Polyglutamine-expanded androgen receptor interferes with TFEB to elicit autophagy defects in SBMA.
In this work, we use induced pluripotent stem cells from individuals with spinal and bulbar muscular atrophy (SBMA) to generate neural precursor cells and study the disease in a dish. We found that SBMA cells have metabolic defects leading to cell death that could explain some of the disease clinical manifestations.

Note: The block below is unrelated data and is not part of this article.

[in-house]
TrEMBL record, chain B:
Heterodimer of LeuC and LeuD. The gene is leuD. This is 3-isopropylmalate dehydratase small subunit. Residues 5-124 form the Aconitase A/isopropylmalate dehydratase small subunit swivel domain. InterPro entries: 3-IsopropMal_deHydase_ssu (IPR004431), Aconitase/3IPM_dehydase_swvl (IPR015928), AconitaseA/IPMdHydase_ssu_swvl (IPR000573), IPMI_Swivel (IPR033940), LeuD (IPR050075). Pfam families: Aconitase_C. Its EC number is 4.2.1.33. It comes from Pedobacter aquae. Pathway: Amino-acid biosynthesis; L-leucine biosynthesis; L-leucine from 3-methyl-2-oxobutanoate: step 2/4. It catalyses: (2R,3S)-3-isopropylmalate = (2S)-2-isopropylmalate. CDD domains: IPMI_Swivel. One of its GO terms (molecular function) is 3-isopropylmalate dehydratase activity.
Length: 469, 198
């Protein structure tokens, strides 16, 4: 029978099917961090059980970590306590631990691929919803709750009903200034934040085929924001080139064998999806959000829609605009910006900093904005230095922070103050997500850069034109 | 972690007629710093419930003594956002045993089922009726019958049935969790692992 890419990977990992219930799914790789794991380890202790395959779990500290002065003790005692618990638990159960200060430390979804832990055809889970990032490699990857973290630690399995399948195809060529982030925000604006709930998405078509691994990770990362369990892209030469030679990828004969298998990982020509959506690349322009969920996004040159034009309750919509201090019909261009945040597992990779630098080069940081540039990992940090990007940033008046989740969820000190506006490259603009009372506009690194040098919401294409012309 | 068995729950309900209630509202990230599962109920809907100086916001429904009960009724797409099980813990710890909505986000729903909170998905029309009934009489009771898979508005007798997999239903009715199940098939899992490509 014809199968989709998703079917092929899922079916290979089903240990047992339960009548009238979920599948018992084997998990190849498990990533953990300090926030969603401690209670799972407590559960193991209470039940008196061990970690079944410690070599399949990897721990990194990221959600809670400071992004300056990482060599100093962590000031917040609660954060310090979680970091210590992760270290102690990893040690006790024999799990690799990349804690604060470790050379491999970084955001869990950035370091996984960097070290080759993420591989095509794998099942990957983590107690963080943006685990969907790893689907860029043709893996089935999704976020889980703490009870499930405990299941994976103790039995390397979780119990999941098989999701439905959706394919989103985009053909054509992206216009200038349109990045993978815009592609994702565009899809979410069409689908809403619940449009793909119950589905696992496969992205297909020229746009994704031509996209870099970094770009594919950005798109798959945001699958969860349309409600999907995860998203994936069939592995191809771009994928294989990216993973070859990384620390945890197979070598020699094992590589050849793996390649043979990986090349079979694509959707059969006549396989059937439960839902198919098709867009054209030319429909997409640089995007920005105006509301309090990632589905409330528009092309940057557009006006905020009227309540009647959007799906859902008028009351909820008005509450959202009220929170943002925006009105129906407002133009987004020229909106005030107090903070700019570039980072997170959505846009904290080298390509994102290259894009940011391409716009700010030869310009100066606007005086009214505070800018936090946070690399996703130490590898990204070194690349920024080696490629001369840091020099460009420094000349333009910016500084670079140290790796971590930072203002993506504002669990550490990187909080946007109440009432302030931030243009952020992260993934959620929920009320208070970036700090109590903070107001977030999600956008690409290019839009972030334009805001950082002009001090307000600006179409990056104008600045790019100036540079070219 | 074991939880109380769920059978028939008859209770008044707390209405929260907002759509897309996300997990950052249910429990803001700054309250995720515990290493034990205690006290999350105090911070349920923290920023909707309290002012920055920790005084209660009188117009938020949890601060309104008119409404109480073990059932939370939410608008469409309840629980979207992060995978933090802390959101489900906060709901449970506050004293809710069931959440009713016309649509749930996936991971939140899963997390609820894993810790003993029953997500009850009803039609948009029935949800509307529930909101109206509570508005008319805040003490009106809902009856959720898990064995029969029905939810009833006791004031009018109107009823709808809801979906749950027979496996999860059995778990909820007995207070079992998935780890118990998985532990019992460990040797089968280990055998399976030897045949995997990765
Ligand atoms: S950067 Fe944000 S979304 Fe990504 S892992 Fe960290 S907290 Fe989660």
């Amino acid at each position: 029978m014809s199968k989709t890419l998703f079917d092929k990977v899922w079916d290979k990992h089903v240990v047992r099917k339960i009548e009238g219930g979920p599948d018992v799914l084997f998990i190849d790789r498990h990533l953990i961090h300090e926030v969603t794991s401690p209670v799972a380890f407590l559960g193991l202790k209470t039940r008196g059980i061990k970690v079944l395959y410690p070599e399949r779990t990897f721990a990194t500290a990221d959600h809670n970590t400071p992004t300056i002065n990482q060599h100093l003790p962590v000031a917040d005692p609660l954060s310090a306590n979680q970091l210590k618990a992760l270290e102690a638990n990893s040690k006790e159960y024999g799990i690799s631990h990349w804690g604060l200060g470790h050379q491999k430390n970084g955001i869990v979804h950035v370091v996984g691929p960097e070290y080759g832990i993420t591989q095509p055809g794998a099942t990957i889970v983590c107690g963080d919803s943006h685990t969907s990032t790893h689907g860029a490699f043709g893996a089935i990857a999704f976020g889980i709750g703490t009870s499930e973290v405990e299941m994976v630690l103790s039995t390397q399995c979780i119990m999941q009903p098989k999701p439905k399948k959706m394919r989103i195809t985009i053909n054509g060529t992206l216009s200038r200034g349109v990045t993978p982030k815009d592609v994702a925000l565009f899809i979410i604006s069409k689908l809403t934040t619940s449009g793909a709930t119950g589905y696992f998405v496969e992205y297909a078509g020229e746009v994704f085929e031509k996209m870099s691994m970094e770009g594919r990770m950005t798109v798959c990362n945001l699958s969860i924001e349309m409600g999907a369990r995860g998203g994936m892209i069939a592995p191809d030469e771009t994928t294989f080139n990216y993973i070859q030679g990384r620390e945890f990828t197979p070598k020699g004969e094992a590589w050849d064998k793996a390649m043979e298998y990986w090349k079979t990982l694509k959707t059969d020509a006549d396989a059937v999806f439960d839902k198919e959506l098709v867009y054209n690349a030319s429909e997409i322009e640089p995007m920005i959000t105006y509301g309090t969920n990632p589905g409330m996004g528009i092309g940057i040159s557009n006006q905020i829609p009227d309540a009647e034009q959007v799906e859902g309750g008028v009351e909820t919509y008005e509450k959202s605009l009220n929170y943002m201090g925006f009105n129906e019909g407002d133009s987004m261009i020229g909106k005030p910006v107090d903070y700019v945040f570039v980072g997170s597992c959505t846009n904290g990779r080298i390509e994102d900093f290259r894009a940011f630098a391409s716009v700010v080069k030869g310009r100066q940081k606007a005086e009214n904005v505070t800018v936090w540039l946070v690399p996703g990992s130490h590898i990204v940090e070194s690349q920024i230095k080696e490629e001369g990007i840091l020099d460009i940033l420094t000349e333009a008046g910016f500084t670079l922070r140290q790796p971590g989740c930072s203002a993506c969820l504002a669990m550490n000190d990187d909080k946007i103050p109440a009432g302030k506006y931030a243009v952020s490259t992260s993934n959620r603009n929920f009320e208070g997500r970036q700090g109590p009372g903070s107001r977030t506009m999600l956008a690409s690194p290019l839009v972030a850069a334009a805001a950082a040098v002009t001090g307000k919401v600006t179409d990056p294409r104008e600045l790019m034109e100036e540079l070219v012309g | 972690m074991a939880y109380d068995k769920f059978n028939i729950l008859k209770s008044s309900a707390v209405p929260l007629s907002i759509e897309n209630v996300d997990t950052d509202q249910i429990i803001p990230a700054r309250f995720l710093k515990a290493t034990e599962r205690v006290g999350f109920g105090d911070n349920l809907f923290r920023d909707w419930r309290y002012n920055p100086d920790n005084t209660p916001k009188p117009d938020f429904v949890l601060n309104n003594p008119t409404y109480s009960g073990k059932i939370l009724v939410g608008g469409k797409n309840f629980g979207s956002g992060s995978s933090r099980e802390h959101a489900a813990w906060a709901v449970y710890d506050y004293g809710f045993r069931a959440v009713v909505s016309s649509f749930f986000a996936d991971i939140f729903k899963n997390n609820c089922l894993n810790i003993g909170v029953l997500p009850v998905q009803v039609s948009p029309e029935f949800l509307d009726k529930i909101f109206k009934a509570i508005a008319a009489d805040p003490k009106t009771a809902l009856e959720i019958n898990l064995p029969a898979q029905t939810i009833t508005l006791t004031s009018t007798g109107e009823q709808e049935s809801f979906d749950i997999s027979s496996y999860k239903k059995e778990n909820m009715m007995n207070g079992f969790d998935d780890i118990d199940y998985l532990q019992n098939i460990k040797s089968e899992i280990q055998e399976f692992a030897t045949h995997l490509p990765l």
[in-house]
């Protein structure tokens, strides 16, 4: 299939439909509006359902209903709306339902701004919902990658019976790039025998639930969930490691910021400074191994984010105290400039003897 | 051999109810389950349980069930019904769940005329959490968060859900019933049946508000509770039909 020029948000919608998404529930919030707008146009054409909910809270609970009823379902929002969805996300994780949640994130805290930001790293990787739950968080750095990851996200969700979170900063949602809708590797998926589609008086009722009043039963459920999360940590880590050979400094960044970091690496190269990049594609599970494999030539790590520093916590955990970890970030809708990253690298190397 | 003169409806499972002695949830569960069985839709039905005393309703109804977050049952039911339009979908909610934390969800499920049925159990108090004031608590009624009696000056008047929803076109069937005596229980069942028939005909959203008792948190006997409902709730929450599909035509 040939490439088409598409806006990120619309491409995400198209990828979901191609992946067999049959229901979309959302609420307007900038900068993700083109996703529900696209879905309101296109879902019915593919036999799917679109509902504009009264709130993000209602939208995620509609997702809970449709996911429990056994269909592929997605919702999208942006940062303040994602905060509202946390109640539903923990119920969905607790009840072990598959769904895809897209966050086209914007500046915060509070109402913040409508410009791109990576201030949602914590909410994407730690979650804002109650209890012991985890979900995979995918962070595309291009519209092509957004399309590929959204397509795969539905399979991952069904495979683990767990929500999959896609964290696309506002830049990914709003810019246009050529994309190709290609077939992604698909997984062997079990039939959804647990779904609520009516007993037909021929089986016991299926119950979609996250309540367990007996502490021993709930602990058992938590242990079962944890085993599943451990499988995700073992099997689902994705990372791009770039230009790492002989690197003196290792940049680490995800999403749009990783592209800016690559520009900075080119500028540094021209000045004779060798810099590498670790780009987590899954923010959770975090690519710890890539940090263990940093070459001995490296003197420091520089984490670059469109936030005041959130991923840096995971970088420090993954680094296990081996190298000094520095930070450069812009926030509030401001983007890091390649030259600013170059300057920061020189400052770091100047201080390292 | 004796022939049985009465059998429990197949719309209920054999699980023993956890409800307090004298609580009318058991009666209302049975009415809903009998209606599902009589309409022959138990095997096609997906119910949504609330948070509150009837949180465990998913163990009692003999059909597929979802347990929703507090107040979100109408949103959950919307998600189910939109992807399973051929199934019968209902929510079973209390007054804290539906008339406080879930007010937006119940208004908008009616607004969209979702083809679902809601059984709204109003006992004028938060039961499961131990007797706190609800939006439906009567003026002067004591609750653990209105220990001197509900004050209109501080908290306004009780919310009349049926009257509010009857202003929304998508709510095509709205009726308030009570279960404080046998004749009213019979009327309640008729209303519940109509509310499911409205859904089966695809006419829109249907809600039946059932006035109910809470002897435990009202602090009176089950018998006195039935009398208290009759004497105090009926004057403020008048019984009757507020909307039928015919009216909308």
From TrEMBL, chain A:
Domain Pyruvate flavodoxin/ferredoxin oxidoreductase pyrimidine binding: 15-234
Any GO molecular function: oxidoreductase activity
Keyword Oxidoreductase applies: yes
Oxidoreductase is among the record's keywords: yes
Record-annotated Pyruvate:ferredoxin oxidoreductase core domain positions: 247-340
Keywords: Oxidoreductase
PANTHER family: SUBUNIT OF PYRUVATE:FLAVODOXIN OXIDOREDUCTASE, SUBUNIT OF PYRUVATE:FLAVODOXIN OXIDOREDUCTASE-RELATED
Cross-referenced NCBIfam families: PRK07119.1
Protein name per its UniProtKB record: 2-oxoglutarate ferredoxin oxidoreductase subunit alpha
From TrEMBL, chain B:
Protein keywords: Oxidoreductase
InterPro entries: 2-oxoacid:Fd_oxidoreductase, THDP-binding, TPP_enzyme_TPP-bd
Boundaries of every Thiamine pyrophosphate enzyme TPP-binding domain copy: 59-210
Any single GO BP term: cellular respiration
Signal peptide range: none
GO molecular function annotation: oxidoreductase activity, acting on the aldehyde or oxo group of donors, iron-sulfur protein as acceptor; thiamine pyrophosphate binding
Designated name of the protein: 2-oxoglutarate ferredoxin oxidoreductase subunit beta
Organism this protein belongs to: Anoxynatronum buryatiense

Macroautophagy (hereafter autophagy) is a key pathway in neurodegeneration. Despite protective actions, autophagy may contribute to neuron demise when dysregulated. Here we consider X-linked spinal and bulbar muscular atrophy (SBMA), a repeat disorder caused by polyglutamine-expanded androgen receptor (polyQ-AR). We found that polyQ-AR reduced long-term protein turnover and impaired autophagic flux in motor neuron-like cells. Ultrastructural analysis of SBMA mice revealed a block in autophagy pathway progression. We examined the transcriptional regulation of autophagy and observed a functionally significant physical interaction between transcription factor EB (TFEB) and AR. Normal AR promoted, but polyQ-AR interfered with, TFEB transactivation. To evaluate physiological relevance, we reprogrammed patient fibroblasts to induced pluripotent stem cells and then to neuronal precursor cells (NPCs). We compared multiple SBMA NPC lines and documented the metabolic and autophagic flux defects that could be rescued by TFEB. Our results indicate that polyQ-AR diminishes TFEB function to impair autophagy and promote SBMA pathogenesis.